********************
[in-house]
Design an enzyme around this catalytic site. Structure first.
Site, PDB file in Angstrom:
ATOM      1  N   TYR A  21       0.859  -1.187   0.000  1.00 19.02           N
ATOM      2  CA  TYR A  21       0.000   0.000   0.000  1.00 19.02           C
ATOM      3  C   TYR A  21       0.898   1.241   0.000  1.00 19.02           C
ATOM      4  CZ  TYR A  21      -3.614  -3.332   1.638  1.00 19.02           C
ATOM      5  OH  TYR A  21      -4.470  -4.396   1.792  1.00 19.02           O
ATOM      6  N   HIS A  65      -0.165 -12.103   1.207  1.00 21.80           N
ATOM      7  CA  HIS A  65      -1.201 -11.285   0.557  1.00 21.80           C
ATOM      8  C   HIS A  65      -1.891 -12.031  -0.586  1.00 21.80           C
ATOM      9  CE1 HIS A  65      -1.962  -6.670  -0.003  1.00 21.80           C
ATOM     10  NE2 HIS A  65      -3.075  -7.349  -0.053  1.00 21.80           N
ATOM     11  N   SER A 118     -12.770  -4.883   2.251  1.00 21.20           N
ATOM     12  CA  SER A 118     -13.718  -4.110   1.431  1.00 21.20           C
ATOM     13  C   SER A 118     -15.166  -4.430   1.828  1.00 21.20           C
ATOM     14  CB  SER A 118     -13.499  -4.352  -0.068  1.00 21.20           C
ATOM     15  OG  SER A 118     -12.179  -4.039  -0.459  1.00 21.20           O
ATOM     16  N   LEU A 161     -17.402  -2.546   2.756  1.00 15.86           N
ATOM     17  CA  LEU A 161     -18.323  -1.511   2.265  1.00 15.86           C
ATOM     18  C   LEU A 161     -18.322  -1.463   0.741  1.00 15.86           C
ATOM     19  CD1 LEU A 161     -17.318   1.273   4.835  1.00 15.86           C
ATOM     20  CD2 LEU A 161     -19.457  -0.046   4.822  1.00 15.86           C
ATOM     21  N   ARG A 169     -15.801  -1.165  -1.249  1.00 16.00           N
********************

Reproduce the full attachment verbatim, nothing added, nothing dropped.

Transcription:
[in-house]
Design an enzyme around this catalytic site. Structure first.
Site, PDB file in Angstrom:
ATOM      1  N   TYR A  21       0.859  -1.187   0.000  1.00 19.02           N
ATOM      2  CA  TYR A  21       0.000   0.000   0.000  1.00 19.02           C
ATOM      3  C   TYR A  21       0.898   1.241   0.000  1.00 19.02           C
ATOM      4  CZ  TYR A  21      -3.614  -3.332   1.638  1.00 19.02           C
ATOM      5  OH  TYR A  21      -4.470  -4.396   1.792  1.00 19.02           O
ATOM      6  N   HIS A  65      -0.165 -12.103   1.207  1.00 21.80           N
ATOM      7  CA  HIS A  65      -1.201 -11.285   0.557  1.00 21.80           C
ATOM      8  C   HIS A  65      -1.891 -12.031  -0.586  1.00 21.80           C
ATOM      9  CE1 HIS A  65      -1.962  -6.670  -0.003  1.00 21.80           C
ATOM     10  NE2 HIS A  65      -3.075  -7.349  -0.053  1.00 21.80           N
ATOM     11  N   SER A 118     -12.770  -4.883   2.251  1.00 21.20           N
ATOM     12  CA  SER A 118     -13.718  -4.110   1.431  1.00 21.20           C
ATOM     13  C   SER A 118     -15.166  -4.430   1.828  1.00 21.20           C
ATOM     14  CB  SER A 118     -13.499  -4.352  -0.068  1.00 21.20           C
ATOM     15  OG  SER A 118     -12.179  -4.039  -0.459  1.00 21.20           O
ATOM     16  N   LEU A 161     -17.402  -2.546   2.756  1.00 15.86           N
ATOM     17  CA  LEU A 161     -18.323  -1.511   2.265  1.00 15.86           C
ATOM     18  C   LEU A 161     -18.322  -1.463   0.741  1.00 15.86           C
ATOM     19  CD1 LEU A 161     -17.318   1.273   4.835  1.00 15.86           C
ATOM     20  CD2 LEU A 161     -19.457  -0.046   4.822  1.00 15.86           C
ATOM     21  N   ARG A 169     -15.801  -1.165  -1.249  1.00 16.00           N